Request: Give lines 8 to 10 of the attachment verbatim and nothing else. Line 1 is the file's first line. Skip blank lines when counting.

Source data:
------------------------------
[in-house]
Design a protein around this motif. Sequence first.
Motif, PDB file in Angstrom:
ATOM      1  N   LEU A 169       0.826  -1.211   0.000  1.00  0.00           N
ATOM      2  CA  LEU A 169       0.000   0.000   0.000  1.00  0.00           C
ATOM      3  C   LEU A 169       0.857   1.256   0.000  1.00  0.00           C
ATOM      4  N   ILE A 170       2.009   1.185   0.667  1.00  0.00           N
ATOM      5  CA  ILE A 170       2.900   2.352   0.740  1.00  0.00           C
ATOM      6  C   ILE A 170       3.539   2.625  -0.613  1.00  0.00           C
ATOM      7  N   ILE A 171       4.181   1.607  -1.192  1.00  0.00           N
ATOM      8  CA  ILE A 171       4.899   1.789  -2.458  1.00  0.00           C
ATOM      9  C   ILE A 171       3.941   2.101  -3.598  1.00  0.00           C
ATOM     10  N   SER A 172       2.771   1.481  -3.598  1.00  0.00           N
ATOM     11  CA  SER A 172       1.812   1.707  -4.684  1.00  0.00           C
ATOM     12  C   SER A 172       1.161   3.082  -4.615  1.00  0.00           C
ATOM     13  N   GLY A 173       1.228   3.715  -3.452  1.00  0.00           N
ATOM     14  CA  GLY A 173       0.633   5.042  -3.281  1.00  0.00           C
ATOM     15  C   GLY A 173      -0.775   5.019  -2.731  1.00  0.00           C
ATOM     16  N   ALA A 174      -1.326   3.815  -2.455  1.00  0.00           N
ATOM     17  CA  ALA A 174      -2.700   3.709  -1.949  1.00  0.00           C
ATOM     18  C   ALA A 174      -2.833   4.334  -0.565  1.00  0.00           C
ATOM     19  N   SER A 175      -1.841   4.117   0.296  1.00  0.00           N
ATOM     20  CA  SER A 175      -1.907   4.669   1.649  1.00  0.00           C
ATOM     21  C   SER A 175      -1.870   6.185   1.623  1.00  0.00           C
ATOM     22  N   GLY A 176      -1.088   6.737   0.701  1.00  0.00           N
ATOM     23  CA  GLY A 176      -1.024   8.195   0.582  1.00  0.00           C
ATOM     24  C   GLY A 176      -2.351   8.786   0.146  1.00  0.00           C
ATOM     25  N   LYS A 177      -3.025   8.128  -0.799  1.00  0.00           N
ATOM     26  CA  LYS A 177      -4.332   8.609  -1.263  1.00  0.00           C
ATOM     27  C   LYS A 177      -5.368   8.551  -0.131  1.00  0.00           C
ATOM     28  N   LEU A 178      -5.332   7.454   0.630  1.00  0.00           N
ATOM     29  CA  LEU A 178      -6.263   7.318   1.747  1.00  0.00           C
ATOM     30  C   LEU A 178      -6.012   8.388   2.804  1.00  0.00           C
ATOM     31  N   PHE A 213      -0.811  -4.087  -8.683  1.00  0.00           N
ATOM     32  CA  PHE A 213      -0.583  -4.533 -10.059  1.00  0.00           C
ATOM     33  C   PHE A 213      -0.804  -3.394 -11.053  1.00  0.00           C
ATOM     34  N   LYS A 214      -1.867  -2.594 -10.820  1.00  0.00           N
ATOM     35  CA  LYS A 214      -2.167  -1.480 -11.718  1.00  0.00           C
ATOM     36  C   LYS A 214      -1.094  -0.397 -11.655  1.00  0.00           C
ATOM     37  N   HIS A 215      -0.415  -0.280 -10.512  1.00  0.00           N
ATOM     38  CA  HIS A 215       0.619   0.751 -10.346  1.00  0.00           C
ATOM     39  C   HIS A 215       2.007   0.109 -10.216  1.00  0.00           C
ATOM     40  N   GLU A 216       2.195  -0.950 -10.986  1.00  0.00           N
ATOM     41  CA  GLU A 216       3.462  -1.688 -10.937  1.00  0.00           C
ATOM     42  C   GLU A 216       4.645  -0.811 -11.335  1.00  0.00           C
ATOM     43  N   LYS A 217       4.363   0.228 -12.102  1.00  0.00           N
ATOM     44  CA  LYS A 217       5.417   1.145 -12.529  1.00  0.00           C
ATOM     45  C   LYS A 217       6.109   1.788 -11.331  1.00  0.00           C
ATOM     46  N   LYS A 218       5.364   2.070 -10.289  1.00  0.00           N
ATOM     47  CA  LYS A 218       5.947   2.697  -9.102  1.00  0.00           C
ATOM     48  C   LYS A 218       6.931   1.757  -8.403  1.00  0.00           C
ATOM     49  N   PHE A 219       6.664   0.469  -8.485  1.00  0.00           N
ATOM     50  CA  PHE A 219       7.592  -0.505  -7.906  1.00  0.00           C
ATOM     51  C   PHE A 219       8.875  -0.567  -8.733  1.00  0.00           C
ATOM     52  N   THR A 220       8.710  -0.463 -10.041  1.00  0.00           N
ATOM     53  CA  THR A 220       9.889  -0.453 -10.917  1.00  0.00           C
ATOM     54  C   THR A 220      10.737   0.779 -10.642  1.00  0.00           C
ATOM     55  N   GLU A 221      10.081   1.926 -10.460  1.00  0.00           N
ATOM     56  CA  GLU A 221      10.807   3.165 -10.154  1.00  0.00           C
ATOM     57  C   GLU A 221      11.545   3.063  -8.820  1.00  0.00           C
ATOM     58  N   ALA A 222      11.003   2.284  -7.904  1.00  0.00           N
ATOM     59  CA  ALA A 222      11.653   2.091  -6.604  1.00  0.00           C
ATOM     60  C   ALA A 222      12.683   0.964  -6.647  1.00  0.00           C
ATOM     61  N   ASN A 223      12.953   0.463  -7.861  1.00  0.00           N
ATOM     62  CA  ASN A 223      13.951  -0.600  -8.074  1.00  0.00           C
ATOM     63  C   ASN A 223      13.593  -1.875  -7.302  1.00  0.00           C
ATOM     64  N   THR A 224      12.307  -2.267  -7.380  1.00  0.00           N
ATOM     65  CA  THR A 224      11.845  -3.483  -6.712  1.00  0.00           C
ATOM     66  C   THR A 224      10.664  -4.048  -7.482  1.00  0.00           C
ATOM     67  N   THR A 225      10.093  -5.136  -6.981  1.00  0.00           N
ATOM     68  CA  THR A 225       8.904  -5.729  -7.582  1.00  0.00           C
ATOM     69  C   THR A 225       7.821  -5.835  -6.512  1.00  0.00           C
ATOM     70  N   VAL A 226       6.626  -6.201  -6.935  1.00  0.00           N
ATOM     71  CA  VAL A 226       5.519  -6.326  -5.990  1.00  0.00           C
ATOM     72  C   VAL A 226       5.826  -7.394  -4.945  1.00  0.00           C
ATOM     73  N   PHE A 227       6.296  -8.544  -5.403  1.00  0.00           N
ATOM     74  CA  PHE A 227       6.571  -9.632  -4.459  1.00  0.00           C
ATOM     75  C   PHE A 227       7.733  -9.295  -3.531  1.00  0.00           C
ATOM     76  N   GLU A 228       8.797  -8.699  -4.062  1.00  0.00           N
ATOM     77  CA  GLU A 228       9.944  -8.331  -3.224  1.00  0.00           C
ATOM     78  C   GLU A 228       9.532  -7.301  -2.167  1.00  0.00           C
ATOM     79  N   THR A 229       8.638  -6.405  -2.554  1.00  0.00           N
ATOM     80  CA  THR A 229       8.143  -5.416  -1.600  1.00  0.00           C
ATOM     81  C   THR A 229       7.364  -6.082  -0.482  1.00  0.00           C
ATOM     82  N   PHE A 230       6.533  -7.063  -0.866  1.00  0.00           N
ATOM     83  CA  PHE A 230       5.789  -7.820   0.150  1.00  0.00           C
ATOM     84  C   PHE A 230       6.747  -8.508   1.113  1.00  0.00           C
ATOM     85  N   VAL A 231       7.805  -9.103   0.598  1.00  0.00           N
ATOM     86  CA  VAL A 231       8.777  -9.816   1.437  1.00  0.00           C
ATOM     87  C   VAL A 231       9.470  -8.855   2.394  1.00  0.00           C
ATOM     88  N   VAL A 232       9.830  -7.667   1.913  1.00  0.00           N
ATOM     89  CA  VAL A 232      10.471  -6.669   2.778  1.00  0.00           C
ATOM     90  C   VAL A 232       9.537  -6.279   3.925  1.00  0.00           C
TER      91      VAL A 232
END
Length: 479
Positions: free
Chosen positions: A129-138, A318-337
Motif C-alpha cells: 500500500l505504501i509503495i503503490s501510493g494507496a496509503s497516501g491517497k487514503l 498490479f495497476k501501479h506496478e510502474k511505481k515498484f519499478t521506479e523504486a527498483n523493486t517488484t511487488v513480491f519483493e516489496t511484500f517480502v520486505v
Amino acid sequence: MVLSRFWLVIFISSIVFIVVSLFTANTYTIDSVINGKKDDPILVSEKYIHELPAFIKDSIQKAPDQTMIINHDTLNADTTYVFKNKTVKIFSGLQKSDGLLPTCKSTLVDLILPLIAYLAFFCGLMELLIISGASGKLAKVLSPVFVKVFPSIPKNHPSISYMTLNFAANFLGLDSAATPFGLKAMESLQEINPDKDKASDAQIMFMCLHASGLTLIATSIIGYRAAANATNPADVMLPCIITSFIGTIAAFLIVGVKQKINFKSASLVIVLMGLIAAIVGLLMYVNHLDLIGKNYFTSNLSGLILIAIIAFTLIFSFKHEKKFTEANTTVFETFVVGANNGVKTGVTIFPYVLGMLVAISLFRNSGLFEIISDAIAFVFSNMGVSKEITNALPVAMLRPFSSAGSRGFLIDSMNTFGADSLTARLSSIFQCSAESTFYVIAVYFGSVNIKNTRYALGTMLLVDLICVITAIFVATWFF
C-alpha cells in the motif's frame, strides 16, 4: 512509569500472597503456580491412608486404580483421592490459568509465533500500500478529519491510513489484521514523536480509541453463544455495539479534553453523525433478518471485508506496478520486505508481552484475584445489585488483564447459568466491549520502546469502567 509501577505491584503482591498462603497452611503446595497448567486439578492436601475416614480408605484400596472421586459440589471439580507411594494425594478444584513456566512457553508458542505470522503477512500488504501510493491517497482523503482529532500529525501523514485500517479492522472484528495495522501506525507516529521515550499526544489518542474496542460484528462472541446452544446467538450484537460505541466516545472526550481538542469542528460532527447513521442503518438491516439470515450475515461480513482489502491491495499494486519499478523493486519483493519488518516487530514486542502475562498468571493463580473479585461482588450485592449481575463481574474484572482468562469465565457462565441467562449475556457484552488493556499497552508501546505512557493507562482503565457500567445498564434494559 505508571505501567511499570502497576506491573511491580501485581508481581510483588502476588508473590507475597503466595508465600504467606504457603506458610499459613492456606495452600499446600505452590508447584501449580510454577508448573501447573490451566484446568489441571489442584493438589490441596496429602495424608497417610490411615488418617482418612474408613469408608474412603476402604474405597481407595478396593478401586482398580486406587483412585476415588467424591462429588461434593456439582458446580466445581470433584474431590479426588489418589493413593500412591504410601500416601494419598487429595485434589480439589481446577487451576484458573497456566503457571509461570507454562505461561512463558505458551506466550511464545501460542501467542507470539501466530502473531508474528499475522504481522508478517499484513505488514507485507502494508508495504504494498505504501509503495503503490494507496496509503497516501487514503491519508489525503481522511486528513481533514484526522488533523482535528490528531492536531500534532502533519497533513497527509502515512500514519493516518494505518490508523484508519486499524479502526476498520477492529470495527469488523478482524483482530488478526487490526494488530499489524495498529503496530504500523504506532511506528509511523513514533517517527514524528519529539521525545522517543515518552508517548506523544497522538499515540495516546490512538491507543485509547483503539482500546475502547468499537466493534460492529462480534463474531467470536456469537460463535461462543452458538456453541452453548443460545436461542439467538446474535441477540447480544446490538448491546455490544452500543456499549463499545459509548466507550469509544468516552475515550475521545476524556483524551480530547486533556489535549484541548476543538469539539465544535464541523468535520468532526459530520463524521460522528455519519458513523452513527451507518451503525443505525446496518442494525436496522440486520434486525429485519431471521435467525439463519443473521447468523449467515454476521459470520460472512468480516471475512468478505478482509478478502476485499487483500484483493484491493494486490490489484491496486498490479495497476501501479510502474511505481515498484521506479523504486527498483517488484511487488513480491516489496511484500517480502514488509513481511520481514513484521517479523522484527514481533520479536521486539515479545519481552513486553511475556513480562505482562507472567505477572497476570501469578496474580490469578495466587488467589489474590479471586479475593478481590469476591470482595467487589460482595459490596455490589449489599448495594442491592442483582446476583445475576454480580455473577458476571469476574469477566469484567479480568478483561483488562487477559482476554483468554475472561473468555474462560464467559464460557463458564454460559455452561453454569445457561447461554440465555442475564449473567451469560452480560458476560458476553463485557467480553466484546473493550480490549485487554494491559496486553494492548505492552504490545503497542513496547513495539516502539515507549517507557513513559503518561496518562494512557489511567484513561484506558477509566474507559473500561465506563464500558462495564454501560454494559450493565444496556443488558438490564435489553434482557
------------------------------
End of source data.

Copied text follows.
ATOM      5  CA  ILE A 170       2.900   2.352   0.740  1.00  0.00           C
ATOM      6  C   ILE A 170       3.539   2.625  -0.613  1.00  0.00           C
ATOM      7  N   ILE A 171       4.181   1.607  -1.192  1.00  0.00           N